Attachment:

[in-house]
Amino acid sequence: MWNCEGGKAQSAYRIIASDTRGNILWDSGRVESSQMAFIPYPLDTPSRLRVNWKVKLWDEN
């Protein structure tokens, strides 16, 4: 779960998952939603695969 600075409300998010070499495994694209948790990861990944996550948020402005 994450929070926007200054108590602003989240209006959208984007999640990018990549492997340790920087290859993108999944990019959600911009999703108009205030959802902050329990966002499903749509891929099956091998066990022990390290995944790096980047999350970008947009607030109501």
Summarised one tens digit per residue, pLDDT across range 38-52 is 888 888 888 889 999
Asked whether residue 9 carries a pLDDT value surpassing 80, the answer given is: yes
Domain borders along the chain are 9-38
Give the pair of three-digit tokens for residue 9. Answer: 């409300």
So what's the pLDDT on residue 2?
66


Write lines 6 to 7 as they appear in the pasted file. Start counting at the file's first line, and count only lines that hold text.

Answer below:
Domain borders along the chain are 9-38
Give the pair of three-digit tokens for residue 9. Answer: 């409300």